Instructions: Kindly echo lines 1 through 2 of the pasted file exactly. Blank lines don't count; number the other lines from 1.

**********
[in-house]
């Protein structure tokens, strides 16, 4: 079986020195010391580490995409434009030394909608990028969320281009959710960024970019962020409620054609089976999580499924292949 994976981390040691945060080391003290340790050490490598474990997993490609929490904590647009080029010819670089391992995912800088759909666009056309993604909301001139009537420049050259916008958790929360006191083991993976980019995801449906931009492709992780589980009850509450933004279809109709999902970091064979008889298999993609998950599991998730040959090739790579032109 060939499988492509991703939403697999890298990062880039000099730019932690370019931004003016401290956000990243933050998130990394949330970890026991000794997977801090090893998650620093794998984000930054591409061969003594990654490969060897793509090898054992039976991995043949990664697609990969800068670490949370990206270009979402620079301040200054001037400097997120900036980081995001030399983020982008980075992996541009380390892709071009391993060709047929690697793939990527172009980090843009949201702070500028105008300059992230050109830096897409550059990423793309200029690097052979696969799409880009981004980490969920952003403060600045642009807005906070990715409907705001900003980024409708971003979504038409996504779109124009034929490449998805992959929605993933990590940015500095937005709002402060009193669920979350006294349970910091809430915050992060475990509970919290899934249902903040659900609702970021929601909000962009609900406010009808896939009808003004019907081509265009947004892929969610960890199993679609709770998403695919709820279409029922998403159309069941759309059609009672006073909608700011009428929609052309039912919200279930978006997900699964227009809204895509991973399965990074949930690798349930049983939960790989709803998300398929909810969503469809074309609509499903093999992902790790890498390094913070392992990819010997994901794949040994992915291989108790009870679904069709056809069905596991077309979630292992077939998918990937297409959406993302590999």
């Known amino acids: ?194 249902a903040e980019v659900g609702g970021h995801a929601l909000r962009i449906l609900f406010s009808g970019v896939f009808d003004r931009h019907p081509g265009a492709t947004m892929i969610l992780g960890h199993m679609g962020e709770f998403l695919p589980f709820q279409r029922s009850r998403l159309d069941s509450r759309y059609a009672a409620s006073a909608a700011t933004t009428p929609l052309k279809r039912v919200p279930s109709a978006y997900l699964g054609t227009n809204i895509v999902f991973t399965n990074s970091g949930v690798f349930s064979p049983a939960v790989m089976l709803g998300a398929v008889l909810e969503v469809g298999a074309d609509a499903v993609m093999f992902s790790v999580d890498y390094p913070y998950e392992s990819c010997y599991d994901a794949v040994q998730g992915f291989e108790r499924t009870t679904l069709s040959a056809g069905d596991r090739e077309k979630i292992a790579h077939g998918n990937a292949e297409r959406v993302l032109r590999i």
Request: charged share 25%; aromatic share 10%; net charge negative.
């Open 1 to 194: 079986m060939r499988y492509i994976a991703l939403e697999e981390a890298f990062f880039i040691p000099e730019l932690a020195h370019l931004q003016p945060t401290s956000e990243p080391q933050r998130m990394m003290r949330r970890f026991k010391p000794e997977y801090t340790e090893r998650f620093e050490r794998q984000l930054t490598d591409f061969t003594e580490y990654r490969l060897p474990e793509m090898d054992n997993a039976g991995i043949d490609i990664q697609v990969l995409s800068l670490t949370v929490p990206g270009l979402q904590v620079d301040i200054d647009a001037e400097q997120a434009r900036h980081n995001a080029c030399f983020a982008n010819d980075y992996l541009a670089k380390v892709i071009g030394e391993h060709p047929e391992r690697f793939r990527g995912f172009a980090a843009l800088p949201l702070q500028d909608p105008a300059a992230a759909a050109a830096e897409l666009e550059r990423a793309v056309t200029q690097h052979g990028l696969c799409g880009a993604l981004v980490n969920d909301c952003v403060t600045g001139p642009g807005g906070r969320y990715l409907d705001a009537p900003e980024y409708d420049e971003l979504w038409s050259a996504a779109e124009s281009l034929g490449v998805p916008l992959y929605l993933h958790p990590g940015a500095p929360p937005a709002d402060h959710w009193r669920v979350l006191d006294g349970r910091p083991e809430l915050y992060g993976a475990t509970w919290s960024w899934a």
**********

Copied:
[in-house]
């Protein structure tokens, strides 16, 4: 079986020195010391580490995409434009030394909608990028969320281009959710960024970019962020409620054609089976999580499924292949 994976981390040691945060080391003290340790050490490598474990997993490609929490904590647009080029010819670089391992995912800088759909666009056309993604909301001139009537420049050259916008958790929360006191083991993976980019995801449906931009492709992780589980009850509450933004279809109709999902970091064979008889298999993609998950599991998730040959090739790579032109 060939499988492509991703939403697999890298990062880039000099730019932690370019931004003016401290956000990243933050998130990394949330970890026991000794997977801090090893998650620093794998984000930054591409061969003594990654490969060897793509090898054992039976991995043949990664697609990969800068670490949370990206270009979402620079301040200054001037400097997120900036980081995001030399983020982008980075992996541009380390892709071009391993060709047929690697793939990527172009980090843009949201702070500028105008300059992230050109830096897409550059990423793309200029690097052979696969799409880009981004980490969920952003403060600045642009807005906070990715409907705001900003980024409708971003979504038409996504779109124009034929490449998805992959929605993933990590940015500095937005709002402060009193669920979350006294349970910091809430915050992060475990509970919290899934249902903040659900609702970021929601909000962009609900406010009808896939009808003004019907081509265009947004892929969610960890199993679609709770998403695919709820279409029922998403159309069941759309059609009672006073909608700011009428929609052309039912919200279930978006997900699964227009809204895509991973399965990074949930690798349930049983939960790989709803998300398929909810969503469809074309609509499903093999992902790790890498390094913070392992990819010997994901794949040994992915291989108790009870679904069709056809069905596991077309979630292992077939998918990937297409959406993302590999």